New Leatherback Turtle

Linette Umbrello's blog | Created 6 years ago

Leatherback Turtles are listed as Critically Endangered, and the largest of the sea turtles measuring up to 3m. They breed in tropical waters with some animals travelling down the coast of WA to the southern ocean to feed on jelly fish. They have a unique body structure that helps them to maintain a higher body temperature than other reptiles, allowing them to endure the cold temperatures of the southern ocean. Populations of this species are threatened due to the taking of eggs for food by humans on their nesting beaches, and are accidentally caught as bycatch in commercial fisheries. They also often injest plastic bags and other waste they mistake for jelly fish.

DEC officers in the Blackwood District were alerted to a Leatherback Turtle Dermochelys coracina found tangled offshore on Saturday, and the turtle was found deceased and washed up on a beach Eagle Bay in the southwest on Monday. DEC officers rang the museum and offered it for donation. They brought it to Welshpool yesterday by Hoomen Tabarestani(DEC), where it was measured, weighed and processed for preservation of the shell and skeleton, plus genetic material, for future research.

On autopsy we ascertained that it was a juvenile male, we weighed it to 216kg. Lacerations around the proximal(front) flipper indicated it had been tangled up in something. Photos provided by a diver at the scene when it was first found showed it was caught in buoy rope. It had already died (drowned). They cut it free and it floated away, where it was beached on shore by the current. It was not alive on the beach as previously assumed.

This is the most southerly WA Museum specimen record for this species, although other observational and partial specimens are held by Bob Prince of DEC who has been researching the species and other sea turtles for over a decade.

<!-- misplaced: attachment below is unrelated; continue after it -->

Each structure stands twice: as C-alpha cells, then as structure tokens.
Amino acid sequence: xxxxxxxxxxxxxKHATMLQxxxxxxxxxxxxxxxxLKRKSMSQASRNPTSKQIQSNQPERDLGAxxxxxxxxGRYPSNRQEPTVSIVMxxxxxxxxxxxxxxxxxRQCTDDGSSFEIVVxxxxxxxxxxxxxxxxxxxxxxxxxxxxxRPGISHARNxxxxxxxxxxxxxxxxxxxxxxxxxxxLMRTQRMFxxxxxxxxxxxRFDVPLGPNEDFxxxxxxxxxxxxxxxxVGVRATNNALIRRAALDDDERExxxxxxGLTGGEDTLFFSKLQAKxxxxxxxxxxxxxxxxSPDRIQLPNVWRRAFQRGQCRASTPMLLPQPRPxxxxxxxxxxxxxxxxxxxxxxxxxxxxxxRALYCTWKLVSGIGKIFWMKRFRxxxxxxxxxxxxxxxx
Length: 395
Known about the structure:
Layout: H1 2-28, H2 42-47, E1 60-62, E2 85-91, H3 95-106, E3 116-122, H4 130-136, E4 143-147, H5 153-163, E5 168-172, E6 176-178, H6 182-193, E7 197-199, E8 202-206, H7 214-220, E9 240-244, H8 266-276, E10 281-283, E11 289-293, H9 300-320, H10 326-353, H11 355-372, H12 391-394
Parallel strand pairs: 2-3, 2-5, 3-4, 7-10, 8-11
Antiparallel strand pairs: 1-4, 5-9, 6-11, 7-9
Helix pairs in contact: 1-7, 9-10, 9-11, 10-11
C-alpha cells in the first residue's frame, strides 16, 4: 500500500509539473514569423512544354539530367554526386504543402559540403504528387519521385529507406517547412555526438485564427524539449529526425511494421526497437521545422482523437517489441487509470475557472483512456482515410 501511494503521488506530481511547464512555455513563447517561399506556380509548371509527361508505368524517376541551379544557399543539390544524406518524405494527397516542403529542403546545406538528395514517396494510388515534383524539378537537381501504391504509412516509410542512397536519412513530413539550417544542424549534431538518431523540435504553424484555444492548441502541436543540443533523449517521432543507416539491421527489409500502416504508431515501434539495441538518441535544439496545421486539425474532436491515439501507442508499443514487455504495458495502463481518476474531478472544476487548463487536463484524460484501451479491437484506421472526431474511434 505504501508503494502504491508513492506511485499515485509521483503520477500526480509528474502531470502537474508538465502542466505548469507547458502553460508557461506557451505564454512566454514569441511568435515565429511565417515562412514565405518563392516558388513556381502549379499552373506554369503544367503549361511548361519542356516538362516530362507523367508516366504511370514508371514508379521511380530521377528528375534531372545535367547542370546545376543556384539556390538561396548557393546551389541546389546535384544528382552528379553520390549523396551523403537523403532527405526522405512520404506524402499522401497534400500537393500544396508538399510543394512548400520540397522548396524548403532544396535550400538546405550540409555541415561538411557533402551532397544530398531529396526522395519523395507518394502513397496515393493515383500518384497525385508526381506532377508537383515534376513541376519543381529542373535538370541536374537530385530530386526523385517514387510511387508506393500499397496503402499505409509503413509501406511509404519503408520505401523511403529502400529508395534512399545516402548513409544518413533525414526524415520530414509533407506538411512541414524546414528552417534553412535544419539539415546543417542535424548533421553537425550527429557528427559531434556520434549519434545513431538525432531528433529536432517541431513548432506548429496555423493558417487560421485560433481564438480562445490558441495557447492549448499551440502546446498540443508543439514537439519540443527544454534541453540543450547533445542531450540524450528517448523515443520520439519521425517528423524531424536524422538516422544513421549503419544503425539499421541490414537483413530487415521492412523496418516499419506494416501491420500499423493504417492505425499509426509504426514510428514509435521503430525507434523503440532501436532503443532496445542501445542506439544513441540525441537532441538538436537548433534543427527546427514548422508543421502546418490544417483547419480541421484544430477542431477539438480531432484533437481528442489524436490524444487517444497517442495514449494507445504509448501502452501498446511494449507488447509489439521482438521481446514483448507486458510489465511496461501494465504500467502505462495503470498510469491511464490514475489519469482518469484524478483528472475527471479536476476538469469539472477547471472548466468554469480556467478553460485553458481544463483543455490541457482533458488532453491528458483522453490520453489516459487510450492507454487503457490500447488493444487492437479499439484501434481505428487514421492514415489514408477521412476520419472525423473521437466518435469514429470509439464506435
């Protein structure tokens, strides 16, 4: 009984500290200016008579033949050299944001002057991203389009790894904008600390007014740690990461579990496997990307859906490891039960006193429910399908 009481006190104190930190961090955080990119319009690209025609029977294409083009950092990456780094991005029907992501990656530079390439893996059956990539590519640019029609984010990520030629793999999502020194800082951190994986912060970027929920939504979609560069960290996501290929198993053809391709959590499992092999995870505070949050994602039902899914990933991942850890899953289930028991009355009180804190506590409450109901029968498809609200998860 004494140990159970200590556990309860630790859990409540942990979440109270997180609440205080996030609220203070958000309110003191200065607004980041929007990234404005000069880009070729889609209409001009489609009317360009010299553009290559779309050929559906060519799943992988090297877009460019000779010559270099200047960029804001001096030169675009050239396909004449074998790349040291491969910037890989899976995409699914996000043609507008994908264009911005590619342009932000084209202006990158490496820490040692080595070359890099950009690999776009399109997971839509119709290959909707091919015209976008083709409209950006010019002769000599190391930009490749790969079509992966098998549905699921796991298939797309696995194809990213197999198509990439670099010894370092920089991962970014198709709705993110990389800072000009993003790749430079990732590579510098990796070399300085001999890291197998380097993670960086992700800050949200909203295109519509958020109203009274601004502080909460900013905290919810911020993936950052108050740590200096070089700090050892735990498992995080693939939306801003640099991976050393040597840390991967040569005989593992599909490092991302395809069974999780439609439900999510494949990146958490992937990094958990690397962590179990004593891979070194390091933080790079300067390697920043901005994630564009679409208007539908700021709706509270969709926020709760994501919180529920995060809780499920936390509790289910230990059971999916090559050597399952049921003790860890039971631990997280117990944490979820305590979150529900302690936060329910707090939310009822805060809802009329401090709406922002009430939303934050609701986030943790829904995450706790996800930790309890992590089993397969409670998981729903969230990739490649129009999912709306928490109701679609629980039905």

We thank Bob Prince for his knowledge and assistance in preparing the specimen.

Measuring the carapace length of a large sea turtle
Measuring the carapace length: Claire Stevenson (Technical Officer), Salvador Gomez (Preparator) and Bob Prince (DEC)
Photo by Thomas Parkin
Image copyright of the WA Museum


Preparing to weight the the sea turtle specimen
Preparing to weight the specimen: Salvador Gomez (Preparator), Thomas Parkin (Technical Officer) and Bob Prince (DEC)
Photo by Claire Stevenson
Image copyright of the WA Museum


Preparing to weight the the sea turtle specimen
Preparing to weight the specimen: Salvador Gomez (Preparator), Thomas Parkin (Technical Officer) and Bob Prince (DEC)
Photo by Claire Stevenson
Image copyright of the WA Museum


Preparing to weight the the sea turtle specimen
Preparing to weigh the specimen: Salvador Gomez (Preparator) & Thomas Parkin (Technical Officer)
Photo by Claire Stevenson
Image copyright of the WA Museum


Weighing the sea turtle
Weighing the specimen: Salvador Gomez (Preparator) & Thomas Parkin (Technical Officer)
Photo by Claire Stevenson
Image copyright of the WA Museum


Weighing the sea turtle
Weighing the specimen: Salvador Gomez (Preparator), Thomas Parkin (Technical Officer) and Bob Prince (DEC)
Photo by Claire Stevenson
Image copyright of the WA Museum